This is an article from the May 27, 2013 issue
The California Hockey League, a minor pro circuit, is formed with four clubs: the Oakland Sheiks, the San Francisco Tigers, the Los Angeles Richfields and the Hollywood Millionaires. It lasts just five years.
The Pacific Coast Hockey League (which would become the Western Hockey League) begins play, including teams in Hollywood, Los Angeles, Oakland, Pasadena, San Diego and San Francisco.
In its initial expansion from six to 12 teams, the NHL locates two franchises in California: the Los Angeles Kings and the Oakland Seals.
Mike Lampman, who was born in Hamilton, Ont., but who moved to in Lakewood, Calif., when he was 12, becomes the first player from Southern California to be drafted by an NHL team when the Blues select the winger 111th overall.
The California Golden Seals—the Oakland franchise had changed its name the year before—make waves around the NHL by briefly sporting white skates.
The World Hockey Association, in addition to poaching a raft of NHL stars, introduces its own California club, the Los Angeles Sharks. They last only two seasons.
The Golden Seals relocate from Oakland to Cleveland and become the Barons, but the franchise continues to struggle and merges with the Minnesota North Stars two years later.
Kings center Marcel Dionne wins the Art Ross Trophy with an NHL-best 137 points, becoming the first scoring champion to play for a team west of Chicago.
Facing the heavily favored Oilers in Game 3 of the first round of the playoffs, Los Angeles erases a 5--0 deficit in the third period to win 6--5 in OT in what is known as the Miracle on Manchester. The Kings win the series in five games.
A tearful Wayne Gretzky is traded in August from Edmonton, where he had won four Stanley Cups, to the Kings in the most momentous deal in NHL history.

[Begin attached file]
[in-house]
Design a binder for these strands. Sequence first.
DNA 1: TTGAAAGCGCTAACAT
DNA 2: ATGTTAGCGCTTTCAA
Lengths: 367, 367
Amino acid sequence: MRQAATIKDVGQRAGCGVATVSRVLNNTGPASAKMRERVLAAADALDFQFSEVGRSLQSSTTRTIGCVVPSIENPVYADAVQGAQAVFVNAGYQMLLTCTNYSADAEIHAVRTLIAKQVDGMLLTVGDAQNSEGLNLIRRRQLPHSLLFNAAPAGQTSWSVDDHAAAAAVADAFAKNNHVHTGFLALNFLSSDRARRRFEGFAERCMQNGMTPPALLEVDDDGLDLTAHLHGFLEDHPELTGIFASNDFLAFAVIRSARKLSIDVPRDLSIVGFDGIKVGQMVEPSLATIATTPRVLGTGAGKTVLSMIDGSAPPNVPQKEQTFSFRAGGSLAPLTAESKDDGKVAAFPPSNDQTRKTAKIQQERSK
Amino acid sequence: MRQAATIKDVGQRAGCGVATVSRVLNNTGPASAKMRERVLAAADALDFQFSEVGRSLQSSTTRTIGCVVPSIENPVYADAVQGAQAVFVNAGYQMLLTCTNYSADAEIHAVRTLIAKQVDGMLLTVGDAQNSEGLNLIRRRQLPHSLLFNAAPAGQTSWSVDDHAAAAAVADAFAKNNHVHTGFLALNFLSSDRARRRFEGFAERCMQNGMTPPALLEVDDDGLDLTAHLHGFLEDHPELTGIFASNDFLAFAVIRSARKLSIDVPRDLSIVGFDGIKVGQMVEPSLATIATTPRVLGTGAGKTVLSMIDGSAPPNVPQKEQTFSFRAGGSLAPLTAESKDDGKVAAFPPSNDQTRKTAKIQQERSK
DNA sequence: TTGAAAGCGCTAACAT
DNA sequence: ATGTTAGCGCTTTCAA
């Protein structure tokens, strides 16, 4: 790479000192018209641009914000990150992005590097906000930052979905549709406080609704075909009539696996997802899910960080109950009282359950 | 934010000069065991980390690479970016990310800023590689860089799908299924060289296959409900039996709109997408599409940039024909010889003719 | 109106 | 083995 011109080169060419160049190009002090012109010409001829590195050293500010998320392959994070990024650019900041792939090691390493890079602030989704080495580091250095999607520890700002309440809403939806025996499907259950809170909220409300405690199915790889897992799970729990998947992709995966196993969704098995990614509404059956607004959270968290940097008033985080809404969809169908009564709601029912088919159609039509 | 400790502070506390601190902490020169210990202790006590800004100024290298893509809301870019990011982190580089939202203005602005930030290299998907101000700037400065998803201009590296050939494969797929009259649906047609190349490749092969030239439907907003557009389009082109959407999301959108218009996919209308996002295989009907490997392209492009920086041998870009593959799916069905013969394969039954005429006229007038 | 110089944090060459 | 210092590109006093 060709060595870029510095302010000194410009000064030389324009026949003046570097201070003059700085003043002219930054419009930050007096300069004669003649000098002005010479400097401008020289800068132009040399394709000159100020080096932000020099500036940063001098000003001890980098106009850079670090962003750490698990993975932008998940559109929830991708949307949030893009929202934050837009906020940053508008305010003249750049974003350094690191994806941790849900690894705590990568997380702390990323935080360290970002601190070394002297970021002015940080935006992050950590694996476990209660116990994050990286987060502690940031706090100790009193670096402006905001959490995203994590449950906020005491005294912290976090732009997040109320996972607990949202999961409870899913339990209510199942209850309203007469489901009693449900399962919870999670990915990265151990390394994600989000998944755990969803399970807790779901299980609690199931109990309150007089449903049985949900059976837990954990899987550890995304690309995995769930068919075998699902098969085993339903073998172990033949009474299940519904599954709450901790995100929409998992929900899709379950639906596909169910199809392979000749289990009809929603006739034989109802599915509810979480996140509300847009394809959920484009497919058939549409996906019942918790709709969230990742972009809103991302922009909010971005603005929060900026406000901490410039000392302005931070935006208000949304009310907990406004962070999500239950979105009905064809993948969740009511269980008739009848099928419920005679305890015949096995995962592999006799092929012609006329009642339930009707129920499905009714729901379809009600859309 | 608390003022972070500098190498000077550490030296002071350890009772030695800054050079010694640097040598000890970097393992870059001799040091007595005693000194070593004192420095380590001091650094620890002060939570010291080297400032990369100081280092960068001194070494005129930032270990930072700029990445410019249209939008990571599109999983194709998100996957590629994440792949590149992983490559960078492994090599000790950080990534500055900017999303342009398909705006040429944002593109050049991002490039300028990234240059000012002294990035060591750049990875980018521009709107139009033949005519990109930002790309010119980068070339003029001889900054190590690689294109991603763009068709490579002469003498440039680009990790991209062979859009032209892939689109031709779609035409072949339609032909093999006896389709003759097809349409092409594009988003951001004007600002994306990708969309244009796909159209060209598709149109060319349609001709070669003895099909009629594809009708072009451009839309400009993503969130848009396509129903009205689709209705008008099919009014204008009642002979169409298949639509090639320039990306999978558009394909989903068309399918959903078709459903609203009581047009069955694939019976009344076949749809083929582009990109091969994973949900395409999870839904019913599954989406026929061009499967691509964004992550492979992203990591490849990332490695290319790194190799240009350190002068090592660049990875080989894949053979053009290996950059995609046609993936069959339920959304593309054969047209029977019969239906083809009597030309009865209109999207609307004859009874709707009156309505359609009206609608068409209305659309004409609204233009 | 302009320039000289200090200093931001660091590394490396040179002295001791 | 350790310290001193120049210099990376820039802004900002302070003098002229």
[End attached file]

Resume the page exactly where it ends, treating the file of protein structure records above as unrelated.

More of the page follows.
According to USA Hockey, there are about 4,800 registered players in the state of California.
The San Jose Sharks make their NHL debut; the team, along with winger Pat Falloon, will go on to lose a league-record 71 games in its second season.
On the heels of its 1992 hit movie The Mighty Ducks, the Walt Disney Company brings a team to Anaheim and calls it, naturally, the Mighty Ducks.
The number of registered players in California swells to about 15,500.
The Sharks trade Marco Sturm, Wayne Primeau and Brad Stuart to the Bruins in November for center Joe Thornton (left), who scores a league-high 125 points and wins the Hart Trophy, the only MVP to be traded midseason.
The Ducks (who dropped Mighty from their name in '06) and captain Scott Niedermayer win the Stanley Cup, defeating the Senators in five games. They are the first Golden State team to hoist the Cup.
The number of registered players in California grows to approximately 24,000.
Los Angeles goes 10--1 on the road during its run to the Stanley Cup. The Kings are the first eight seed to win a championship.
The NHL announces that it will bring outdoor hockey to Southern California, staging a game at Dodger Stadium between the Kings and the Ducks on Jan. 25, 2014.